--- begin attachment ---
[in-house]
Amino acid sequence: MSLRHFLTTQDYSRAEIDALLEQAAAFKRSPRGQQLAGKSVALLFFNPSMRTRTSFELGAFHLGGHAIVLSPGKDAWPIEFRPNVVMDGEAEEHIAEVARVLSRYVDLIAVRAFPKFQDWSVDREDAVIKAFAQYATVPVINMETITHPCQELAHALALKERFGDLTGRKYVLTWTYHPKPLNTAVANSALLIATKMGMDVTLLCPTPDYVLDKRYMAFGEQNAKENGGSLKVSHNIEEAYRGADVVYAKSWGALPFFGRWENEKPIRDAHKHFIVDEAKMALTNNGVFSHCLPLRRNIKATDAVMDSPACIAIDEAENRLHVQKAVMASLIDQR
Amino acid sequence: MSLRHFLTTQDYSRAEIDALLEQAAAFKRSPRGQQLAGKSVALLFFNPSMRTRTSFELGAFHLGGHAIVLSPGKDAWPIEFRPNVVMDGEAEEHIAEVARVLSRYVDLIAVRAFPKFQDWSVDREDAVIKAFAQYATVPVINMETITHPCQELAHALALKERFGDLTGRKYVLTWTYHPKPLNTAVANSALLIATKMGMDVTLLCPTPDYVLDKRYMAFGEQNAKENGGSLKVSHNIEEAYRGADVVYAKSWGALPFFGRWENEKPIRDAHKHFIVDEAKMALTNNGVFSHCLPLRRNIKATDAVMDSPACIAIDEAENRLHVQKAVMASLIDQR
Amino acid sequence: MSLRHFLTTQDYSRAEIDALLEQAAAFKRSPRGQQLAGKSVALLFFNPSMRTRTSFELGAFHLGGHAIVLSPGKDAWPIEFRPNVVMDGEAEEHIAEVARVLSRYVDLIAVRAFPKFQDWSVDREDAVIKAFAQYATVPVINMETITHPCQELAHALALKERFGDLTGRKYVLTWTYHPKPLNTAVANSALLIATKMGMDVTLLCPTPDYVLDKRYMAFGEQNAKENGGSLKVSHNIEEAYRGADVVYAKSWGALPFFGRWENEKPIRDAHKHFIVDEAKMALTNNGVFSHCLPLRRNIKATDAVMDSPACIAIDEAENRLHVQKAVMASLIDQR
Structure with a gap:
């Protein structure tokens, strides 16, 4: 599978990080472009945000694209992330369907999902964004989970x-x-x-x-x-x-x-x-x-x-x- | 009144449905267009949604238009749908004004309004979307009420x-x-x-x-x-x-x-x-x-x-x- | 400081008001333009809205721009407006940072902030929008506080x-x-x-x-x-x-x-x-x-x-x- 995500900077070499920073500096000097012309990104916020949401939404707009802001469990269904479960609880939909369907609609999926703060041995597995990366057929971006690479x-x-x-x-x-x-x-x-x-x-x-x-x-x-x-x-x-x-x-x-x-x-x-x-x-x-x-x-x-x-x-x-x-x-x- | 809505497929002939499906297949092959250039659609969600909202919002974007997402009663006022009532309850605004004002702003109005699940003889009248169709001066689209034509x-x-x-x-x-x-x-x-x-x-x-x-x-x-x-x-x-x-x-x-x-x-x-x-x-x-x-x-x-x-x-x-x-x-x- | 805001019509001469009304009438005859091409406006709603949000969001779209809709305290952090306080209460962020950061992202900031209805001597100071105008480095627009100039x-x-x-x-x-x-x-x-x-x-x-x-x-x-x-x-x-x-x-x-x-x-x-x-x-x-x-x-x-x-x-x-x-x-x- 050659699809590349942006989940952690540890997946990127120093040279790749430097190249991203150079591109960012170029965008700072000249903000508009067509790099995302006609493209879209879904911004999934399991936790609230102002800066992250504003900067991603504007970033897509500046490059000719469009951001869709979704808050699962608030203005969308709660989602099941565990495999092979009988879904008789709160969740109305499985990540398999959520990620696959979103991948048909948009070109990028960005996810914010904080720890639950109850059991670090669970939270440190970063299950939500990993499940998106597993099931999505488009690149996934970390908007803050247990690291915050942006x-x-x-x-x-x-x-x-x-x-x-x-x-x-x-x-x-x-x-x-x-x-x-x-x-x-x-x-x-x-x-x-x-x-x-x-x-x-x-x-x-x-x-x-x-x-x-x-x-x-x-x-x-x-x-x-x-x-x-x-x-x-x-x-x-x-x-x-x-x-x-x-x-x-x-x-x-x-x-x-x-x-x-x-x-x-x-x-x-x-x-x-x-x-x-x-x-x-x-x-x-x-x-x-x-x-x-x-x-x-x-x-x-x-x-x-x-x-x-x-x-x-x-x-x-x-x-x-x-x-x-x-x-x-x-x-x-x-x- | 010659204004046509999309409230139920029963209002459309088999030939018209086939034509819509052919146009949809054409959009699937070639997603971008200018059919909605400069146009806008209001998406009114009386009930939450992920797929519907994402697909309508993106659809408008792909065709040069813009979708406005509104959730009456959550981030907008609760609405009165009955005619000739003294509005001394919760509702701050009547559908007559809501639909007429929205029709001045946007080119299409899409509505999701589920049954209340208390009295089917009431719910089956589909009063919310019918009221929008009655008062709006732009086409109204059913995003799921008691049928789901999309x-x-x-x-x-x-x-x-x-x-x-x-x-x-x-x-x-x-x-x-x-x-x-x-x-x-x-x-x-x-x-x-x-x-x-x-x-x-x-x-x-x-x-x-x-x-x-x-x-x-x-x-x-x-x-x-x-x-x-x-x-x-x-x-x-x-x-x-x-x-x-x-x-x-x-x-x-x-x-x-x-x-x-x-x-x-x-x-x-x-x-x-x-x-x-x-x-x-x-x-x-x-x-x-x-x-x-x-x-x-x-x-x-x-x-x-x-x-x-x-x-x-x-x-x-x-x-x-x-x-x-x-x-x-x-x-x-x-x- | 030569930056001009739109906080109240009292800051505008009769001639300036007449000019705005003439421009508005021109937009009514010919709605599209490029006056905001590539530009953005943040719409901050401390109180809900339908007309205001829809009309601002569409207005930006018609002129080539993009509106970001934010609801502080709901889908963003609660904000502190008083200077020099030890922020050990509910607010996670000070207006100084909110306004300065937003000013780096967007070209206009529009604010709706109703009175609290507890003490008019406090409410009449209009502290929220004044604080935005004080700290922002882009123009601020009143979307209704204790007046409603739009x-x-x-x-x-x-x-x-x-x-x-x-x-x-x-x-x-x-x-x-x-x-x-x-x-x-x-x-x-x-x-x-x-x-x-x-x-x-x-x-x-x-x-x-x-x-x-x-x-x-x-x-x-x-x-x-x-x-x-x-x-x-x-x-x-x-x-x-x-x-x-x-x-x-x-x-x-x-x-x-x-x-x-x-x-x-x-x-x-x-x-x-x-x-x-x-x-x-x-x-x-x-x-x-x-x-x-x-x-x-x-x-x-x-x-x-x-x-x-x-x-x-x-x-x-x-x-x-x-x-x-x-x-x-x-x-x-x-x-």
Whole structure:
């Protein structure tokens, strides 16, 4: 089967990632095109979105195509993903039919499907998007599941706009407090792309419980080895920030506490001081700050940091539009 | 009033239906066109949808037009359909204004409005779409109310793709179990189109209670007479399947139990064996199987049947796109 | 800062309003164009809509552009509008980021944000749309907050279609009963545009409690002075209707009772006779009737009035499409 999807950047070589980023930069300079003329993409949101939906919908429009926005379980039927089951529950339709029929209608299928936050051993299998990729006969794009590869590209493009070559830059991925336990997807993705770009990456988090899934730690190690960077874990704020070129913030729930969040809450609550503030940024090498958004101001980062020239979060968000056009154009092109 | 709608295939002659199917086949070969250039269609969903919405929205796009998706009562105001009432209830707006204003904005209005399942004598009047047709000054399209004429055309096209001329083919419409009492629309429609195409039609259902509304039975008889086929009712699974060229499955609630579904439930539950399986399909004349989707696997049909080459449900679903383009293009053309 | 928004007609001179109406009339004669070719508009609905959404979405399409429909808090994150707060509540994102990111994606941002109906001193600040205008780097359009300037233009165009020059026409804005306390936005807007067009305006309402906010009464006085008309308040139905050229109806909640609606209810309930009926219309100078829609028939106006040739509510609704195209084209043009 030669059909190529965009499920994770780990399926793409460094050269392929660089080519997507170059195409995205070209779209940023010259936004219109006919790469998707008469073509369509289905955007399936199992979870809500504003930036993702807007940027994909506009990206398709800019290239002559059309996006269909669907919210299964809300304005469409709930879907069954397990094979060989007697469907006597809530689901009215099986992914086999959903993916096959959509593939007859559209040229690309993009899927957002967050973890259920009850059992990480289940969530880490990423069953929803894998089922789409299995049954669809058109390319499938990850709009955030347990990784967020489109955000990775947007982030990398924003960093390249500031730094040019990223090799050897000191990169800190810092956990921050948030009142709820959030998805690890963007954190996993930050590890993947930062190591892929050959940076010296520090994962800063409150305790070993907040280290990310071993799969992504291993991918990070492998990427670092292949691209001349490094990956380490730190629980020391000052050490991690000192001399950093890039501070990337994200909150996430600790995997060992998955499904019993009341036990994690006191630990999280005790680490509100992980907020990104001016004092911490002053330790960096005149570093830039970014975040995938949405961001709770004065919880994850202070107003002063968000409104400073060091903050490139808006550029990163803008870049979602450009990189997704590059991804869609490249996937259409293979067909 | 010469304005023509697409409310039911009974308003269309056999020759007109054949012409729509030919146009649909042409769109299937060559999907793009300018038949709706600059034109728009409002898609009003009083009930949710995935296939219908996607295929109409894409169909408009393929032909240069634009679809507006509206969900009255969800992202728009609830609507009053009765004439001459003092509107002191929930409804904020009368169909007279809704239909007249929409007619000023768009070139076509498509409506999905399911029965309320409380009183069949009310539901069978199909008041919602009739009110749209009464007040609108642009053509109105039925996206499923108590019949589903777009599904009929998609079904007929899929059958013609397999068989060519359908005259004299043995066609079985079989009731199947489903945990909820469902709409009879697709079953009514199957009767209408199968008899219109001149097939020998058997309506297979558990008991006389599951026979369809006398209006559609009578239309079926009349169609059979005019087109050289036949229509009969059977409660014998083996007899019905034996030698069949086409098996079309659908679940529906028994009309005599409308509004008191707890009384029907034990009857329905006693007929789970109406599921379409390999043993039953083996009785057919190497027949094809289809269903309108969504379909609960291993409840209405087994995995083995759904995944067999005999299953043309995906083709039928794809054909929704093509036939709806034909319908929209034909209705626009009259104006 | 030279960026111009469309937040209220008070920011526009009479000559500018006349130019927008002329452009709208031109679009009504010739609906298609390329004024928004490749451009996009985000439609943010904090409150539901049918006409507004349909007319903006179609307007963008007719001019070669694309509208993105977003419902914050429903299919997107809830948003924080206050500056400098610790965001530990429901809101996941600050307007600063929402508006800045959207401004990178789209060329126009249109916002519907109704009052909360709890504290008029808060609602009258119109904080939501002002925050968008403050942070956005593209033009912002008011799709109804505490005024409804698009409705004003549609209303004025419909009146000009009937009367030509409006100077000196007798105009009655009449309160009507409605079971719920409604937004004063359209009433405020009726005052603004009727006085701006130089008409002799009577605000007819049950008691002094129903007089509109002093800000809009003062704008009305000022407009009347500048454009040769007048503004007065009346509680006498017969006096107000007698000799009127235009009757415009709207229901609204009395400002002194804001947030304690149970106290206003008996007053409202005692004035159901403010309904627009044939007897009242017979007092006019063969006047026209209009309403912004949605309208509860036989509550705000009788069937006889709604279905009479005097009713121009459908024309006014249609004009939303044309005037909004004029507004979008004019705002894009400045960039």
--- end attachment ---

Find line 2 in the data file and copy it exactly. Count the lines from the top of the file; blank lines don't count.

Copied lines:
Amino acid sequence: MSLRHFLTTQDYSRAEIDALLEQAAAFKRSPRGQQLAGKSVALLFFNPSMRTRTSFELGAFHLGGHAIVLSPGKDAWPIEFRPNVVMDGEAEEHIAEVARVLSRYVDLIAVRAFPKFQDWSVDREDAVIKAFAQYATVPVINMETITHPCQELAHALALKERFGDLTGRKYVLTWTYHPKPLNTAVANSALLIATKMGMDVTLLCPTPDYVLDKRYMAFGEQNAKENGGSLKVSHNIEEAYRGADVVYAKSWGALPFFGRWENEKPIRDAHKHFIVDEAKMALTNNGVFSHCLPLRRNIKATDAVMDSPACIAIDEAENRLHVQKAVMASLIDQR